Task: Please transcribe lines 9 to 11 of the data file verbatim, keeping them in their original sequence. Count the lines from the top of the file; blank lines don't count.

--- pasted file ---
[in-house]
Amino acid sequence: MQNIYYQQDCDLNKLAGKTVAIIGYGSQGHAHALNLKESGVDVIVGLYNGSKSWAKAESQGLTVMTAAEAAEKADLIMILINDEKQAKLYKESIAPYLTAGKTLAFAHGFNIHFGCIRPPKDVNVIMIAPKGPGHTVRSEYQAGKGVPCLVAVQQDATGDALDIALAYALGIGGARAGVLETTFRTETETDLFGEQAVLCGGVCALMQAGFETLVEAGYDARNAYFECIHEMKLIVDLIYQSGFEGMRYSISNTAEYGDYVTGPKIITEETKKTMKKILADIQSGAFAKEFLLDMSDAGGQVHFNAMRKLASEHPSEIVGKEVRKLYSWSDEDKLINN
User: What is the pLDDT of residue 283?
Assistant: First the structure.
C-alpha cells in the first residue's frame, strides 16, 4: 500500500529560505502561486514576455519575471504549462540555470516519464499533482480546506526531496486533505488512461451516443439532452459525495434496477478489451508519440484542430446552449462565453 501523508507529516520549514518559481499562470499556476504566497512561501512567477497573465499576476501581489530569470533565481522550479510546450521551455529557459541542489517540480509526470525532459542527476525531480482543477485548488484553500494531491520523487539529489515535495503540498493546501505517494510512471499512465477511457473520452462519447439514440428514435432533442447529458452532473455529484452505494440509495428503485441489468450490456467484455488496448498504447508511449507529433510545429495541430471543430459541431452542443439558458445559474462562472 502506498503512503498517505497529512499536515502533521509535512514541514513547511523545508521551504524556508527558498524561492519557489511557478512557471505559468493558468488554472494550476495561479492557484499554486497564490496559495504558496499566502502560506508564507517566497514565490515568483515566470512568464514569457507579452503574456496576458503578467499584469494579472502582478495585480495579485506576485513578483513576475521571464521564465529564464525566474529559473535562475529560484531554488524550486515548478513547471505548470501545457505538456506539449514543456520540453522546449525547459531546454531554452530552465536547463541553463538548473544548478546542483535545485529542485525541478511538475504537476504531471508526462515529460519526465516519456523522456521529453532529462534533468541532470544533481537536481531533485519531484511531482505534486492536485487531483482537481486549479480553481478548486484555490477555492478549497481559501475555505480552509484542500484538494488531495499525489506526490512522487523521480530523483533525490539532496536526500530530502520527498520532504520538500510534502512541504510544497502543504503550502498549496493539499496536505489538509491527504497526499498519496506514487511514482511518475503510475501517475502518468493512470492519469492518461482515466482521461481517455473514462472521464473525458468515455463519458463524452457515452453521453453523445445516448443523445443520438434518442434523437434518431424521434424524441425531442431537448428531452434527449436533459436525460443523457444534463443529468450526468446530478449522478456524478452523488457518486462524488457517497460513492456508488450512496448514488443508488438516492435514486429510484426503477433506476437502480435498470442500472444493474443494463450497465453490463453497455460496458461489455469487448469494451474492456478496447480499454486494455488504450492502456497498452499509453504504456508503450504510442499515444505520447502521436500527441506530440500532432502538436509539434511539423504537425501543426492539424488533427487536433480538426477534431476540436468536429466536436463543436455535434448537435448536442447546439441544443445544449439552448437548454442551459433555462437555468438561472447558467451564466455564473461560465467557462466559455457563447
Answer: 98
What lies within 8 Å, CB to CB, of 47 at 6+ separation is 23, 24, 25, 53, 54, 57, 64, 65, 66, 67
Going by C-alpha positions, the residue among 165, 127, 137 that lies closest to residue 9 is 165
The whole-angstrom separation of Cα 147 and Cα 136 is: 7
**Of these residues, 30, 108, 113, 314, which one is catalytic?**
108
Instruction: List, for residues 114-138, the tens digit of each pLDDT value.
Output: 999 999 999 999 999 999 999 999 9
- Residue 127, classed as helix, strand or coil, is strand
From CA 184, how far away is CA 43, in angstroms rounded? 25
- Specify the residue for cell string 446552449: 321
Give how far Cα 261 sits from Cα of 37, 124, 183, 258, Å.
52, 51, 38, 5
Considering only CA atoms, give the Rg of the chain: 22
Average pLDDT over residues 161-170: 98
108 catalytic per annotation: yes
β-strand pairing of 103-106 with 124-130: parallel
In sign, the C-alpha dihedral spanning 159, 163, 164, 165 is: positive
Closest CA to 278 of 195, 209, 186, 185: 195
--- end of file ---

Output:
The whole-angstrom separation of Cα 147 and Cα 136 is: 7
**Of these residues, 30, 108, 113, 314, which one is catalytic?**
108